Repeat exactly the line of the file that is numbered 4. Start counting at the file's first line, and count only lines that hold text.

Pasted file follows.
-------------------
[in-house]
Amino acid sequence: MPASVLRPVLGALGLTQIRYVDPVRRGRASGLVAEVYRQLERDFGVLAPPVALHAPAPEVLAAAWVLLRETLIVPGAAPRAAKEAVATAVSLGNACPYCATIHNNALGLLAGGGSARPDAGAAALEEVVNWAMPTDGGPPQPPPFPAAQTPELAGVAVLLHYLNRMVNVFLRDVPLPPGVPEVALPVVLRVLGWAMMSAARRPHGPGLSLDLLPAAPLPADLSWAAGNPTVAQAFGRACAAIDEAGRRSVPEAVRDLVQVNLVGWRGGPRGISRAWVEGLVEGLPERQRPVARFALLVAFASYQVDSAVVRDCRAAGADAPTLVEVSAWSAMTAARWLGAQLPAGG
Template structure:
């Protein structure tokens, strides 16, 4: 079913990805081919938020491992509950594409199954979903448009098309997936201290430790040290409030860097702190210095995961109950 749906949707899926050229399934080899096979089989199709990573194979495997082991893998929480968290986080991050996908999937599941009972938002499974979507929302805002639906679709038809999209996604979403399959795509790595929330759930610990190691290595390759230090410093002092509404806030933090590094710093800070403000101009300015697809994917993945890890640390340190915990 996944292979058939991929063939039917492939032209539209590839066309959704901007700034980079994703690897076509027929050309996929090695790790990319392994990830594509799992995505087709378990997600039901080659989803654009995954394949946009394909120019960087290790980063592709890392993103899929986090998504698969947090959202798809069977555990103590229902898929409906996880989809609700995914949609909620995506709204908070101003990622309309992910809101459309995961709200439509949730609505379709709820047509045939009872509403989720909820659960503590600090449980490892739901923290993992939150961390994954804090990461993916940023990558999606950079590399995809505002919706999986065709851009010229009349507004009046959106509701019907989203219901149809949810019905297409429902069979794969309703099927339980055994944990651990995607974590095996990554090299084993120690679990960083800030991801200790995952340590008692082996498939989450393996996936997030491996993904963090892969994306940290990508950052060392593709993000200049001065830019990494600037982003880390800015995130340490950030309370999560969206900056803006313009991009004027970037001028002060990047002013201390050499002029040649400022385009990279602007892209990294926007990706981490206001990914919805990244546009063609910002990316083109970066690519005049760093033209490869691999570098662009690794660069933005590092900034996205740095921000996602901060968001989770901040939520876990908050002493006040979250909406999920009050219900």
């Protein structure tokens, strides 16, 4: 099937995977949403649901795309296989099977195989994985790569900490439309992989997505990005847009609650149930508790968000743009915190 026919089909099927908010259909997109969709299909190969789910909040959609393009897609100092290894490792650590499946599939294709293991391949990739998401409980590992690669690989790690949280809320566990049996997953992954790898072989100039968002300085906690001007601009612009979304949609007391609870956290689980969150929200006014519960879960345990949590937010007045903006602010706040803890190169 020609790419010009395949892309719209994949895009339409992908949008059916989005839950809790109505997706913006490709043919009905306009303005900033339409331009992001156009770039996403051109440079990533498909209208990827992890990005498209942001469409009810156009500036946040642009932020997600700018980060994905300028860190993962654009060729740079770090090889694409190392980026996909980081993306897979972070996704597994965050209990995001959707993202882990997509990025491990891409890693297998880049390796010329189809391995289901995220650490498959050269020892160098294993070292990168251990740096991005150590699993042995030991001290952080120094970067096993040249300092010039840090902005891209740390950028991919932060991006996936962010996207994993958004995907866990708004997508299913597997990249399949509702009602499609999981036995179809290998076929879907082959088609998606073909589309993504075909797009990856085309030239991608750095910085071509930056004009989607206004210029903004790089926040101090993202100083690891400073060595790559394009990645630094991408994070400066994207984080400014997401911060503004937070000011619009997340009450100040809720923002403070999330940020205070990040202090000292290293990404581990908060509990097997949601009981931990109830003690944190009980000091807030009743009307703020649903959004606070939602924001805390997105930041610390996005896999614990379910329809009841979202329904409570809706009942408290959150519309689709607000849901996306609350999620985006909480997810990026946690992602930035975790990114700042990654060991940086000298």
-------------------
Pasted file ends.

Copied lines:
């Protein structure tokens, strides 16, 4: 079913990805081919938020491992509950594409199954979903448009098309997936201290430790040290409030860097702190210095995961109950 749906949707899926050229399934080899096979089989199709990573194979495997082991893998929480968290986080991050996908999937599941009972938002499974979507929302805002639906679709038809999209996604979403399959795509790595929330759930610990190691290595390759230090410093002092509404806030933090590094710093800070403000101009300015697809994917993945890890640390340190915990 996944292979058939991929063939039917492939032209539209590839066309959704901007700034980079994703690897076509027929050309996929090695790790990319392994990830594509799992995505087709378990997600039901080659989803654009995954394949946009394909120019960087290790980063592709890392993103899929986090998504698969947090959202798809069977555990103590229902898929409906996880989809609700995914949609909620995506709204908070101003990622309309992910809101459309995961709200439509949730609505379709709820047509045939009872509403989720909820659960503590600090449980490892739901923290993992939150961390994954804090990461993916940023990558999606950079590399995809505002919706999986065709851009010229009349507004009046959106509701019907989203219901149809949810019905297409429902069979794969309703099927339980055994944990651990995607974590095996990554090299084993120690679990960083800030991801200790995952340590008692082996498939989450393996996936997030491996993904963090892969994306940290990508950052060392593709993000200049001065830019990494600037982003880390800015995130340490950030309370999560969206900056803006313009991009004027970037001028002060990047002013201390050499002029040649400022385009990279602007892209990294926007990706981490206001990914919805990244546009063609910002990316083109970066690519005049760093033209490869691999570098662009690794660069933005590092900034996205740095921000996602901060968001989770901040939520876990908050002493006040979250909406999920009050219900």